TOP 5: Pintxos in the Historical Quarter
- Food and drink
- 2018 Jan 06
The Historical Quarter is must-see for foodies and pintxo fans.
As we delved deeper into the neighbourhood, following Calle 31 de Agosto, it became obvious that one of the biggest challenges of the day would be narrowing the list down to only five bars. But a foodie has to do what a foodie has to do.
Old beef sirloin with green pepper and Maldon salt
The first thing to strike us about Gandarias was the order and symmetry that the seemingly endless bar area presented us with. The pintxos are laid out one after the other, placed in perfect circles, and we were a little reluctant to shatter the equilibrium so we decided to order a hot pintxo directly from the kitchen. The extensive menu covers every possible preference and is very inclusive, offering pintxos for coeliacs and vegetarians. We were in danger of losing ourselves in the face of such a broad selection, but we remembered that we had come to sample the best from every location, so we asked for their most frequently-ordered pintxo.
And the result didn’t disappoint. Minutes later, we were faced with a pintxo crafted from old beef sirloin with green pepper and Maldon salt. The meat was absolutely on point, and the pepper provided a majestic accompaniment to the sirloin, with the fortifying salt giving the perfect finishing touch.
In the heart of the Plaza de la Trinidad, the Txuleta bar and restaurant has been a reference in grilled cuisine for more than eleven years and as its name suggests, visitors can eat the best ‘txuletas’ (‘steaks’) in the area here. Txuleta has an indoor dining area and a glazed outdoor dining area where visitors can enjoy an extensive menu of meats and other local specialities with magnificent views of the plaza and of Calle 31. Grilled txuletas and turbot feature together with the highest-quality seasonal ingredients: anchovies, bonito, chilli and so much more.
Sadly our stomachs were unable to accommodate such a wide variety of pintxos, so we opted to try a delicious mini txuleta instead, this time appearing in the form of a glorious croquette.
A Fuego Negro
Mackobe with ‘Txips’
A Fuego Negro (AFN) opened its doors on 6 June 2006 (6/6/6). However, this curious combination of numbers seems not to have brought the owners bad fortune – quite the opposite, in fact, as they have won awards for the best pintxo and the best bar area on numerous occasions. Founded by siblings Edorta and Amaia, the initial idea was to bring the haute cuisine of chefs such as Arzak, Berasategui, Subijana and Irizar to bars and to a younger audience.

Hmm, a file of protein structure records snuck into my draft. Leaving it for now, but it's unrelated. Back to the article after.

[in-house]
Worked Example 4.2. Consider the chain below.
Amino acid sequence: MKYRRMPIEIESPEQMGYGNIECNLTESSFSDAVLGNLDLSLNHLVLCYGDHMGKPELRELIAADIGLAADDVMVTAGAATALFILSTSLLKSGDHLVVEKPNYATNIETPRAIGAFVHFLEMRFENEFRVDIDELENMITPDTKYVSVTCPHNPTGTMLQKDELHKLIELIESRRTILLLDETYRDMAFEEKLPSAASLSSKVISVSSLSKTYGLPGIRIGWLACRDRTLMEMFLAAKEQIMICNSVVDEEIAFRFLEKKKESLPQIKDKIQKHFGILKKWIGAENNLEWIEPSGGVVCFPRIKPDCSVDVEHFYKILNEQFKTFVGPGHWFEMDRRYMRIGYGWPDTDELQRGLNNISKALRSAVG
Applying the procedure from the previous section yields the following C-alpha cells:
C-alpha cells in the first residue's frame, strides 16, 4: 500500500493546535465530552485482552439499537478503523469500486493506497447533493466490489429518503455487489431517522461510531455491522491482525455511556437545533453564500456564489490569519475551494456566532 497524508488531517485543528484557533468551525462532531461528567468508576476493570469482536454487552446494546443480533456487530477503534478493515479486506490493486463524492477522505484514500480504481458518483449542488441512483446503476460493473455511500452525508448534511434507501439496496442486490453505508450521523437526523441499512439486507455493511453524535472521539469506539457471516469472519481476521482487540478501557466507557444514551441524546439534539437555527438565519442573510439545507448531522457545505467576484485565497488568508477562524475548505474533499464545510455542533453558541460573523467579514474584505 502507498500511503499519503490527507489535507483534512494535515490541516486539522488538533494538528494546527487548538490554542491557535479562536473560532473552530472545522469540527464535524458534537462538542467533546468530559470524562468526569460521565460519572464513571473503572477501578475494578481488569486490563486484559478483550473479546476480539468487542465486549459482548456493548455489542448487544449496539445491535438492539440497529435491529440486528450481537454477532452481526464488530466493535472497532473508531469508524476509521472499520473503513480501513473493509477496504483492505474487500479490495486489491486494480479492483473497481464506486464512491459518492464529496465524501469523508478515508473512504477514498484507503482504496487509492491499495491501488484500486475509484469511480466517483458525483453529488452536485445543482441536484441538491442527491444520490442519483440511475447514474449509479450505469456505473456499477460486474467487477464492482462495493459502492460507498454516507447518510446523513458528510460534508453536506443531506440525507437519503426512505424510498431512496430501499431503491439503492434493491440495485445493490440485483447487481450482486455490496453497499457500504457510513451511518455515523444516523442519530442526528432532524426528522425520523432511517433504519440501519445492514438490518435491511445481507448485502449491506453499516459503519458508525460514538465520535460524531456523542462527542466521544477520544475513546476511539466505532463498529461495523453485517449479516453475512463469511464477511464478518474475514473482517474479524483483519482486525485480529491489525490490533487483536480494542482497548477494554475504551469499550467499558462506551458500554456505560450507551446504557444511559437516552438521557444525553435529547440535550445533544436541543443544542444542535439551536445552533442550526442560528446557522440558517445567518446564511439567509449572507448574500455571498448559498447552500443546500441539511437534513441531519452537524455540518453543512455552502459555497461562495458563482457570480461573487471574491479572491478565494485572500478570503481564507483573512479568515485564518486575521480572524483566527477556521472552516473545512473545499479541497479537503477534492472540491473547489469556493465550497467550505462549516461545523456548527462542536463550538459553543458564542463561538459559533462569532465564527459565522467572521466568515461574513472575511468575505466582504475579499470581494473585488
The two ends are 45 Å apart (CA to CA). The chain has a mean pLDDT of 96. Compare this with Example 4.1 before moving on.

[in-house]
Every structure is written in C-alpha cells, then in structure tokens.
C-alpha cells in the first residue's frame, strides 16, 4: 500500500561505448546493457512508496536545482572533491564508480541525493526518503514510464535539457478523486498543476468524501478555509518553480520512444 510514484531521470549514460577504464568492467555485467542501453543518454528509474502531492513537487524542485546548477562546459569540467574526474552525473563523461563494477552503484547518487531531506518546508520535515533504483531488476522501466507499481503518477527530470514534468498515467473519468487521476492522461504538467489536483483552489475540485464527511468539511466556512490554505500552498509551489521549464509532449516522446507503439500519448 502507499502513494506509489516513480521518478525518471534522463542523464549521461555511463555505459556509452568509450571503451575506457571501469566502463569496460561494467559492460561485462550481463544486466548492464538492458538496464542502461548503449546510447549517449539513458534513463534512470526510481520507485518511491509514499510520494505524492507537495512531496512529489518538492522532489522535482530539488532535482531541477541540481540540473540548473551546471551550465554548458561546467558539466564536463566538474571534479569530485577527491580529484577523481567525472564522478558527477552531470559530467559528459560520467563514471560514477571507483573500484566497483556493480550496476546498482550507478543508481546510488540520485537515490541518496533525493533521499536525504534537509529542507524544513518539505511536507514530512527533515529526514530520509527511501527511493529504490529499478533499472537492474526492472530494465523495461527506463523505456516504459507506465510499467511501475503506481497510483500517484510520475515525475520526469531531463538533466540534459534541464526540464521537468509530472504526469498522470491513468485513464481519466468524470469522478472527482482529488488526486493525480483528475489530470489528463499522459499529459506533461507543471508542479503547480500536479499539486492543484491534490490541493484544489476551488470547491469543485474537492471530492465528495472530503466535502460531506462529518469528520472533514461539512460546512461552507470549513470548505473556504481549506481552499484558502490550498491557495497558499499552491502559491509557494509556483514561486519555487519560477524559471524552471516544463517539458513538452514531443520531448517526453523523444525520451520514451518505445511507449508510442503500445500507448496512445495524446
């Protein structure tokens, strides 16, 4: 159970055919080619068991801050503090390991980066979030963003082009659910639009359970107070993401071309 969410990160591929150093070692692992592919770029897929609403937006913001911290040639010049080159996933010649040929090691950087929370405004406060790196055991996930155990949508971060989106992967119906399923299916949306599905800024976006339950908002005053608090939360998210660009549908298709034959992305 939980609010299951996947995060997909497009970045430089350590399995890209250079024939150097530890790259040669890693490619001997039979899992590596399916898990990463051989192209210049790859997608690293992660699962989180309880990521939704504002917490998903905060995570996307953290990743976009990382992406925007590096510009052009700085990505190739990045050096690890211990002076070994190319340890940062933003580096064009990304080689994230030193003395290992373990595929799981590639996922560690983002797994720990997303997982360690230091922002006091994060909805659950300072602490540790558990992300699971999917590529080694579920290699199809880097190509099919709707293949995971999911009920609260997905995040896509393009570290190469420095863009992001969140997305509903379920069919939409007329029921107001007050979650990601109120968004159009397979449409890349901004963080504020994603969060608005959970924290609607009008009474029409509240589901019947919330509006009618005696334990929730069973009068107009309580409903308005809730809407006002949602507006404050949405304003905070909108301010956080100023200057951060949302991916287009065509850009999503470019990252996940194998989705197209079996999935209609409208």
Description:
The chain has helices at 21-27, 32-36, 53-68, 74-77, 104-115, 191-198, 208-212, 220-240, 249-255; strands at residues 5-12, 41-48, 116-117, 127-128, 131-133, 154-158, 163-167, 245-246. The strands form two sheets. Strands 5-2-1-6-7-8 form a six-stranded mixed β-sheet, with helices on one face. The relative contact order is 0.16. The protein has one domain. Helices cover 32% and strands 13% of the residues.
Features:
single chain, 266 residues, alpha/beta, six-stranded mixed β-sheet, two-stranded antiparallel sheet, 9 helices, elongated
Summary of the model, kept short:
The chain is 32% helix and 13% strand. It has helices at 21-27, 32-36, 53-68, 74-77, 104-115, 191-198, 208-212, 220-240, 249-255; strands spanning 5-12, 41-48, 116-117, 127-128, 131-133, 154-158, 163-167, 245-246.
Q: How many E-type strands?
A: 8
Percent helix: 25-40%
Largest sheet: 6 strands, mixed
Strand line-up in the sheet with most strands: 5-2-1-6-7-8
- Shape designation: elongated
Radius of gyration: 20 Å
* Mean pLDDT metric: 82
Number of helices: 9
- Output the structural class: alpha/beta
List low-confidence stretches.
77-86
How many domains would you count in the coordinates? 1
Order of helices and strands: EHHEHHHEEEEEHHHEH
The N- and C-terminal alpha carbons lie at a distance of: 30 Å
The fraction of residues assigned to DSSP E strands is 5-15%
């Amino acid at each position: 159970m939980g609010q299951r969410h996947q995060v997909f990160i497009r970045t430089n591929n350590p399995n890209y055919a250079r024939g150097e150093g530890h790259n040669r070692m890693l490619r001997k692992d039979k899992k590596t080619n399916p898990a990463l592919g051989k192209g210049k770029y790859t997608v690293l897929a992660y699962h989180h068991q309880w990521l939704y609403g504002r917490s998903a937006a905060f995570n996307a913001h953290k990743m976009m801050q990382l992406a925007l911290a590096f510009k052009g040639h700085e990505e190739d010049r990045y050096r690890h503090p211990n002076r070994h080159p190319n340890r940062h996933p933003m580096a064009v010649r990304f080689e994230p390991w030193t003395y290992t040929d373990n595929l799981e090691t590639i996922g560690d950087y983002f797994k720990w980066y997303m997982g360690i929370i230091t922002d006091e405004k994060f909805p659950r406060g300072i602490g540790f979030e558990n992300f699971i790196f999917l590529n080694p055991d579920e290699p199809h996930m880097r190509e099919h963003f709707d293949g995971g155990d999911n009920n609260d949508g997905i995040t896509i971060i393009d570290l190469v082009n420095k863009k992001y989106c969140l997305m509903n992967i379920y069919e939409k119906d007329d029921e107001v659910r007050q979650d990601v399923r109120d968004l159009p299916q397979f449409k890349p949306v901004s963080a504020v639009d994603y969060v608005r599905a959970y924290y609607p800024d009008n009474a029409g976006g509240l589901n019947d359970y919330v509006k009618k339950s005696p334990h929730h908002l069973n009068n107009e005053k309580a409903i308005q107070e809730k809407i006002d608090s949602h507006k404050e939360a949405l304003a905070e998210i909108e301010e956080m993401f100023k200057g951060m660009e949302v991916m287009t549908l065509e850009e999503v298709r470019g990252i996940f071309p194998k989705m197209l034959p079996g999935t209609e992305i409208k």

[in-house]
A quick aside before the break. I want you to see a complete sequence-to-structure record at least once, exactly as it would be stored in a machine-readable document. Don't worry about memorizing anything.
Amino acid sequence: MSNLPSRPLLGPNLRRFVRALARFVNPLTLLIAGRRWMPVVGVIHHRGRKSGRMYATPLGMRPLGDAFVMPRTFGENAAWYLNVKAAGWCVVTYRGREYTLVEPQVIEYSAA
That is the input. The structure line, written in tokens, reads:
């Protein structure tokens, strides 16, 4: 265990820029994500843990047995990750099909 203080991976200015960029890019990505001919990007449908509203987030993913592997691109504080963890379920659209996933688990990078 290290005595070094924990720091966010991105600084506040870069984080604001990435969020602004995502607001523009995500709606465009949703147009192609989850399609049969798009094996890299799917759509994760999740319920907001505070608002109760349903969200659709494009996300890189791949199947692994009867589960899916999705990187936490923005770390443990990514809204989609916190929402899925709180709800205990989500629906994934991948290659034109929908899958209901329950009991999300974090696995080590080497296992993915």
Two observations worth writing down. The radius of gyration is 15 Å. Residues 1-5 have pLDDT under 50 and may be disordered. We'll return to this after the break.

“At AFN we select our ingredients carefully, nearly always relying on local produce. Then, we like to lend an unexpected creative twist to the palate. Each pintxo breaks with an established tradition, and this emphasis on innovation leads us to change the selection at our bar area every four months”, Óscar, the bar manager, tells us.
We were presented with the Mackobe hamburger with ‘txips’ (Kobe-style meat, artisan tomato bread, lettuce, spring onion with salmorejo mayonnaise and a side of banana chips), and upon sampling this we became undying fans of AFN, leaving with the promise of returning at least... weekly!
Grilled octopus with marinated boiled potatoes, onions and kimchi mayonnaise
Opening in December last year, Astelena 148 is the newest place on our list. Behind this emphasis on traditional cuisine with a modern touch is the Gastroleku group, which already manages Atari and Sirimiri, two other places in the area which share a similar philosophy.
The décor at Astelena 148 is impossible to miss. Red tiles and blackboards make up the front of the bar area. Spreading over the wooden tables, starting from the sides of the bar and passing over the ceiling, blue, brick-red and ochre canvases create a nautical yet very elegant ambience.
Charlie, the friendly and entertaining waiter that we were pleased to become acquainted with, offered us one of the most highly sought-after pintxos: grilled octopus with marinated boiled potatoes, onions and kimchi mayonnaise. “It’s cooked on a Josper oven, which gives it that extra-special grilled touch”
We enjoyed savouring the moment in this last stop on our journey through the Historical Quarter. As we sat on Astelena 148’s spacious terrace on the Plaza de la Constitución, we reflected upon the events of the day and summoned up strength for all of the neighbourhoods that we were yet to discover.
Old beef sirloin with chips, Gernika peppers and glazed piquillo peppers
La Cepa is a well-known venue on the historical Calle 31 de Agosto, frequented by local and not-so-local people, and it has been mentioned in countless international magazines and blogs. Whether this is a factor in its level of fame or not, one always has the impression that they are visiting La Cepa at peak time. Waiters dash from one side to another and chefs work at breakneck speed to finish orders on time.
“Our aim is to offer 100% traditional, premium-quality Basque cuisine, especially so that visitors to the city can discover our local produce”. The Pollos family has commanded the bar for nineteen years, although La Cepa as such dates back as far as 1948.
At La Cepa there are many classics, but today we were recommended the old beef sirloin. This was accompanied by chips, Gernika peppers and glazed piquillo peppers.